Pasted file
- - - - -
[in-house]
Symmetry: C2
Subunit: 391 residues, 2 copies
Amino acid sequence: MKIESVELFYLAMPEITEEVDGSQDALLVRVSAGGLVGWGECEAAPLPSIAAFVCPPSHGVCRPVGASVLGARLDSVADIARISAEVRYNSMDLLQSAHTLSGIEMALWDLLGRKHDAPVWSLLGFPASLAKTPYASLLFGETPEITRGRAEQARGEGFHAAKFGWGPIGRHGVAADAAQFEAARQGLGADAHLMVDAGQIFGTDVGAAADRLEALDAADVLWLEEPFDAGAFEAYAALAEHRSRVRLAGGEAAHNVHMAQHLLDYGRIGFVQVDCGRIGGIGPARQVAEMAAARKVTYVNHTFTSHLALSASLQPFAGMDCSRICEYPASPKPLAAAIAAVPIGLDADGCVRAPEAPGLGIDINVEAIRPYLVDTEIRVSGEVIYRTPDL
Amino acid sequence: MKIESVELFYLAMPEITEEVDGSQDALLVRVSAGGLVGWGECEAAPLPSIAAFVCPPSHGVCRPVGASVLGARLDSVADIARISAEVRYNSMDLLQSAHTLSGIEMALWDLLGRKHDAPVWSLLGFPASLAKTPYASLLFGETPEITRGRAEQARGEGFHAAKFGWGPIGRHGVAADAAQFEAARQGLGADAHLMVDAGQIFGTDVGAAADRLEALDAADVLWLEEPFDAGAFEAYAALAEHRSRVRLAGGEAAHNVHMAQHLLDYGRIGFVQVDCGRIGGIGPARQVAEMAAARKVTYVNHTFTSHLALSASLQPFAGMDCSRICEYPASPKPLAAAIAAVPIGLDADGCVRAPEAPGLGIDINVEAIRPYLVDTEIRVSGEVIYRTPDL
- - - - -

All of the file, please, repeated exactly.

[in-house]
Symmetry: C2
Subunit: 391 residues, 2 copies
Amino acid sequence: MKIESVELFYLAMPEITEEVDGSQDALLVRVSAGGLVGWGECEAAPLPSIAAFVCPPSHGVCRPVGASVLGARLDSVADIARISAEVRYNSMDLLQSAHTLSGIEMALWDLLGRKHDAPVWSLLGFPASLAKTPYASLLFGETPEITRGRAEQARGEGFHAAKFGWGPIGRHGVAADAAQFEAARQGLGADAHLMVDAGQIFGTDVGAAADRLEALDAADVLWLEEPFDAGAFEAYAALAEHRSRVRLAGGEAAHNVHMAQHLLDYGRIGFVQVDCGRIGGIGPARQVAEMAAARKVTYVNHTFTSHLALSASLQPFAGMDCSRICEYPASPKPLAAAIAAVPIGLDADGCVRAPEAPGLGIDINVEAIRPYLVDTEIRVSGEVIYRTPDL
Amino acid sequence: MKIESVELFYLAMPEITEEVDGSQDALLVRVSAGGLVGWGECEAAPLPSIAAFVCPPSHGVCRPVGASVLGARLDSVADIARISAEVRYNSMDLLQSAHTLSGIEMALWDLLGRKHDAPVWSLLGFPASLAKTPYASLLFGETPEITRGRAEQARGEGFHAAKFGWGPIGRHGVAADAAQFEAARQGLGADAHLMVDAGQIFGTDVGAAADRLEALDAADVLWLEEPFDAGAFEAYAALAEHRSRVRLAGGEAAHNVHMAQHLLDYGRIGFVQVDCGRIGGIGPARQVAEMAAARKVTYVNHTFTSHLALSASLQPFAGMDCSRICEYPASPKPLAAAIAAVPIGLDADGCVRAPEAPGLGIDINVEAIRPYLVDTEIRVSGEVIYRTPDL